In his weekly blog, Fr Paddy gives his reaction to the Ryan report with its shocking accounts of the systematic abuse of children in residential institutions.


Fr Paddy Byrne has a weekly column in the Nationalist Papers.

This column appeared on 26 May 2009

On Wednesday 20th our Government issued a report on the nine year investigation into Catholic Church operated schools and reformatories. The Report has come from the Commission to Inquire into child abuse and covered a 60 year period, from 1936.

This report is a most sickening document. It speaks about extreme brutality and great evil. A report that highlights how the most disadvantaged lives were ruined by those charged with the responsibility to care for them often in the name of the Church. This report has raised huge questions about Catholic institutions that permitted and fostered climates of sustained abuse by those given this important task.

Thus far the reaction to the publication of this report has been consistent. Universally all who have heard and read the shocking accounts of systemic abuse have expressed deep shock, horror, disgust, anger and deep shame. The vicious sexual, physical, emotional and spiritual devastation inflicted upon these children was not accidental. It was systemic. It was part of everyday life and deeply ingrained into the culture of the childcare system in Catholic Ireland. The horrors inflicted on these vulnerable children were most extreme including imprisonment, rapes, beatings, molestation, starvation and isolation. Perhaps the most depressing and pathetic context to the report is that such evil was fundamentally carried out by those who represented the Church. Many of these children had to work in the conditions of slave labour. As Rosary beads were being knit together by tiny hands so too was abuse beyond comprehension.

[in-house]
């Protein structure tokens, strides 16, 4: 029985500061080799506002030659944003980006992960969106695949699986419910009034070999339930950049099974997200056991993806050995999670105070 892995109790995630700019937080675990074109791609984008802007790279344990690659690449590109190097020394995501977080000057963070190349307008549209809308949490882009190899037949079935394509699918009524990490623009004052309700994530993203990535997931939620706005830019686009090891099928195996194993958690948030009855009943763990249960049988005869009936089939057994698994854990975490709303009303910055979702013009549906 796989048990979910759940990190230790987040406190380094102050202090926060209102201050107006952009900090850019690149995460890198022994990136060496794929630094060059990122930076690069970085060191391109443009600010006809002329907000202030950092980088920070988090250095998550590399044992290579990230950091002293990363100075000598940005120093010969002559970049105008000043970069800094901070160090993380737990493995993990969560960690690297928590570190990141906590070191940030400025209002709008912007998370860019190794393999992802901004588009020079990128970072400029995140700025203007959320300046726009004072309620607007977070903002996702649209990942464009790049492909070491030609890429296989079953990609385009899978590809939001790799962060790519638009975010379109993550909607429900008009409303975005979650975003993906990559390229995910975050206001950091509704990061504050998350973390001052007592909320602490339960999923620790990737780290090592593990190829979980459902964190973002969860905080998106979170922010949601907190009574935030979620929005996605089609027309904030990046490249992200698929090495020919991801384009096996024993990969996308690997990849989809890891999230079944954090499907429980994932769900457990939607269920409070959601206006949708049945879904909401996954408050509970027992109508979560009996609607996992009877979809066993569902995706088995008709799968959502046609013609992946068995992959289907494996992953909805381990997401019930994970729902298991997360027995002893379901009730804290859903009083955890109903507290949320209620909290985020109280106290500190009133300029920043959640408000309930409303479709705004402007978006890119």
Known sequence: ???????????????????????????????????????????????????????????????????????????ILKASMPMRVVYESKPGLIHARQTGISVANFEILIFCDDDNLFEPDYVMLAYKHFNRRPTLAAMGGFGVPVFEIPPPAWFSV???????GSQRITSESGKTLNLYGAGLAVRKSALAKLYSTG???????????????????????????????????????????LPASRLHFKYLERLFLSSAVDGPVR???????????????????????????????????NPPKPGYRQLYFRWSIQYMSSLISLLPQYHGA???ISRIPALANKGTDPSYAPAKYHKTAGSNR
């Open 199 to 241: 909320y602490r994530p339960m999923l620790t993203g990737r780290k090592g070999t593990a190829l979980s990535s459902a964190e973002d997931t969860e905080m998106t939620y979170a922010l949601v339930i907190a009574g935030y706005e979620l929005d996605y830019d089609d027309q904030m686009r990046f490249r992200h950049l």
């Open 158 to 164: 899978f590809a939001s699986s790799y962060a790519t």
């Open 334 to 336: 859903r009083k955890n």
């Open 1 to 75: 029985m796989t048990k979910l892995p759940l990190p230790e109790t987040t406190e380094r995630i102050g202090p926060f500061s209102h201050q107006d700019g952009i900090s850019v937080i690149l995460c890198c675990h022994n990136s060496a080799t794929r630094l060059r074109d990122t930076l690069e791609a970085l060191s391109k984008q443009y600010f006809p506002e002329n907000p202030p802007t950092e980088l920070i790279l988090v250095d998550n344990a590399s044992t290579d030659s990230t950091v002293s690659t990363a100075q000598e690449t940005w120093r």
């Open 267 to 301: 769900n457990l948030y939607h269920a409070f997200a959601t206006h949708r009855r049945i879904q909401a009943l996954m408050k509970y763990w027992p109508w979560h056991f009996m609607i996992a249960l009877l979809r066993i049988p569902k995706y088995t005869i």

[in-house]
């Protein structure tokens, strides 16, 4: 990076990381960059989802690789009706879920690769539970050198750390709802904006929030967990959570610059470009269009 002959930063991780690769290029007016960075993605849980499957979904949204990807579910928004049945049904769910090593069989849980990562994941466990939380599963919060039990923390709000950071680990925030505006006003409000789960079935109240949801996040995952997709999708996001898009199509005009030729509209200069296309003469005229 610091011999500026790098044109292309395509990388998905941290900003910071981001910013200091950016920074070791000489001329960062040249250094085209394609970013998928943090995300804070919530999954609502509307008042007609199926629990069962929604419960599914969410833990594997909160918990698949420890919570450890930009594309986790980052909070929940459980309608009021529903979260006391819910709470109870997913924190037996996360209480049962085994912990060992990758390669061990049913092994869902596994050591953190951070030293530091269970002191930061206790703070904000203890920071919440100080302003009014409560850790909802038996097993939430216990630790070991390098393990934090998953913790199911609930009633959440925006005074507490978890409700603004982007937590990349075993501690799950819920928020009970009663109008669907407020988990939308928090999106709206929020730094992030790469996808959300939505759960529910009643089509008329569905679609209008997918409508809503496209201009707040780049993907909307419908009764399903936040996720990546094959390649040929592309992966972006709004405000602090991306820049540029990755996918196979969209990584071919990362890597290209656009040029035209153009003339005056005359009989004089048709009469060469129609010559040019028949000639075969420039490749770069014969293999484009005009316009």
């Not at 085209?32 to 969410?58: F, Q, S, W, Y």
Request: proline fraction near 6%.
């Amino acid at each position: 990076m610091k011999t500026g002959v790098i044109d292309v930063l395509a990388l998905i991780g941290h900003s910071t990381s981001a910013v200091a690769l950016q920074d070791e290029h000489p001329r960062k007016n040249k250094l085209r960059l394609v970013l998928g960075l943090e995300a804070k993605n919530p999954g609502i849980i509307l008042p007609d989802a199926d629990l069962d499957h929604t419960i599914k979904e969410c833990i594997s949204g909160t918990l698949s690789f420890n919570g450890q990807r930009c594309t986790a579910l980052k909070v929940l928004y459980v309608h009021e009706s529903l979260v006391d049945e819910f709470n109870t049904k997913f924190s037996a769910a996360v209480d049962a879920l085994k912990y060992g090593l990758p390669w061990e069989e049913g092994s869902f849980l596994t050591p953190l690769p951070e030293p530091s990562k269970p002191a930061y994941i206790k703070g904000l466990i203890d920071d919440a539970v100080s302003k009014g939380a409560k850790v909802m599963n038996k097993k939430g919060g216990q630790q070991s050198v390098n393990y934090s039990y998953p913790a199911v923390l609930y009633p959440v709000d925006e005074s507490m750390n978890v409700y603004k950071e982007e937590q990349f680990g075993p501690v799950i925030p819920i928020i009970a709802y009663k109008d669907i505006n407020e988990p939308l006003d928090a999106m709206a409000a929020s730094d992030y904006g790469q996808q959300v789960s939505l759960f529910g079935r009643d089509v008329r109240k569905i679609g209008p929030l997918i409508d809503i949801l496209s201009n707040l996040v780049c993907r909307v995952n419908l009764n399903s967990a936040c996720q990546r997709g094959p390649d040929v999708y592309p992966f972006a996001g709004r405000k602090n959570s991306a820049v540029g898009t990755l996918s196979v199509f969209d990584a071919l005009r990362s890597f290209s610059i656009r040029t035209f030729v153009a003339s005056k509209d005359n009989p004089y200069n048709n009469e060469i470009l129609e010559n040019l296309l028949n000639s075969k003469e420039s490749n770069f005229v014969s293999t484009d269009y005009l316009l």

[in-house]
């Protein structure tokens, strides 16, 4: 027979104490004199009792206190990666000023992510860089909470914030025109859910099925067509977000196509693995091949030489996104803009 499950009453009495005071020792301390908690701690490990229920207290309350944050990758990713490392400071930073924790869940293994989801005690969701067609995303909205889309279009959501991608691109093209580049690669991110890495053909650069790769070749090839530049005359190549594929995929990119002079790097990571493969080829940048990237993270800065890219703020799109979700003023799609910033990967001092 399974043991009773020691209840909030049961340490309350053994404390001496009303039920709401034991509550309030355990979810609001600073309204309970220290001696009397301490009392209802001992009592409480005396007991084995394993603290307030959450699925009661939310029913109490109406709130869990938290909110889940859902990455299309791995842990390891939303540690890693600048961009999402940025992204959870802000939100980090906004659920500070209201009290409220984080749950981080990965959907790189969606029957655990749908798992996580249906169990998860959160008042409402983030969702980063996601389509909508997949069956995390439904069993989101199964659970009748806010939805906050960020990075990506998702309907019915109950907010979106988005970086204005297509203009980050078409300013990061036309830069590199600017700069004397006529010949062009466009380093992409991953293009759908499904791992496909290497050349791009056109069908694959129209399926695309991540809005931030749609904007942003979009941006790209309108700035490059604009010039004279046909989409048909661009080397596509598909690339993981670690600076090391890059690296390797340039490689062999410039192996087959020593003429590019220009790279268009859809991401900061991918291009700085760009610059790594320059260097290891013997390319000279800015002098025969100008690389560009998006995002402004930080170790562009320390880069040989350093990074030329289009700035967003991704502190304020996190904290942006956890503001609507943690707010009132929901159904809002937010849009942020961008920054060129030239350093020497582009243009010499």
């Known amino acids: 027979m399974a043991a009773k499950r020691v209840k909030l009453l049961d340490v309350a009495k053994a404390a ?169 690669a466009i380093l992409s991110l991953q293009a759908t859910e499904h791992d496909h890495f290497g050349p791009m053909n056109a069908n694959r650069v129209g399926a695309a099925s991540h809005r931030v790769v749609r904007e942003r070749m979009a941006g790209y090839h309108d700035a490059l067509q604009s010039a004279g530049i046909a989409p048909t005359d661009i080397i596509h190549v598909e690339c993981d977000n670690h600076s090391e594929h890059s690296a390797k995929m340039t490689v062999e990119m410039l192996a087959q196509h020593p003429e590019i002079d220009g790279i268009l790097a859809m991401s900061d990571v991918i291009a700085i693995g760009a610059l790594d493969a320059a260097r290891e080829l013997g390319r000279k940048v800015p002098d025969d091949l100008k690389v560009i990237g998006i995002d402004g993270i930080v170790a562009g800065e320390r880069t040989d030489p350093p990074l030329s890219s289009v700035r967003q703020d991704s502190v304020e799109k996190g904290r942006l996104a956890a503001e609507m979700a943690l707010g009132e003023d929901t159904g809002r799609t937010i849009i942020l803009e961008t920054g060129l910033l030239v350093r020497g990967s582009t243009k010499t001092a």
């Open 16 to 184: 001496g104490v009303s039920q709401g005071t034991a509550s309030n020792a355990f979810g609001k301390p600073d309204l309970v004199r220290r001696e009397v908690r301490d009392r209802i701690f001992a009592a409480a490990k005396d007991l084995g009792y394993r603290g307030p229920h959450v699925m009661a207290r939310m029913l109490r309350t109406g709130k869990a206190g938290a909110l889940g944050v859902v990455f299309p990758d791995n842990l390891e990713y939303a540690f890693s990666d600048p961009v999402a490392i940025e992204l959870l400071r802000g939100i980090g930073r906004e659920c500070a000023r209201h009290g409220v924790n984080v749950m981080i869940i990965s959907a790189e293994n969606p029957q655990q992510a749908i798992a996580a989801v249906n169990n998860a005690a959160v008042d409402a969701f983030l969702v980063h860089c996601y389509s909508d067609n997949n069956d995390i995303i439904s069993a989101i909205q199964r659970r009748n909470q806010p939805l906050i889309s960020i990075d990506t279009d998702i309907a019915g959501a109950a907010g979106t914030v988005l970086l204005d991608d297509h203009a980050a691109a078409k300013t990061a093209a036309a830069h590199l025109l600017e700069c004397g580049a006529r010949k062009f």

This is no doubt the darkest hour in our Church history. Our thoughts are firstly for that lost generation whose lives were ruined by such evil. Lives that will forever carry the bruises of lost innocent, violence and pain. It is a miracle how so many survived such cruelty and were somehow able to begin again never forgetting but managing to survive. Many of the stories contained within the report tell of lives changed forever because of such abuse. Adult lives that were deeply wounded in terms of addiction, suicide, depression, poor self-confidence and an inability to form relationships. This report is also most difficult for any individual who has ever suffered abuse within the family context. Often this is a most silent cross, carried by so many in all our society and no doubt the terrible details described, will open such wounds for so many people.

I have no doubt that this terrible chapter in the Irish Church will weaken the Churches credibility and moral authority. The Institutional Church must reflect at how it responds to this tragedy. Much more than compensation is necessary. All ready there is a growing demand for a national Day of Atonement and remembrance for all victims being called for. We must talk about this White Elephant of great pain. Thankfully necessary child protection procedure is now in place in all Dioceses’ and Religious Orders to make sure, such tragedy never takes place again. No matter how horrific this report is, at least the truth is told. The darkest hour comes before the dawn. As we are about to celebrate Pentecost there is a huge hunger for so many victims and indeed our Church to be healed at this time.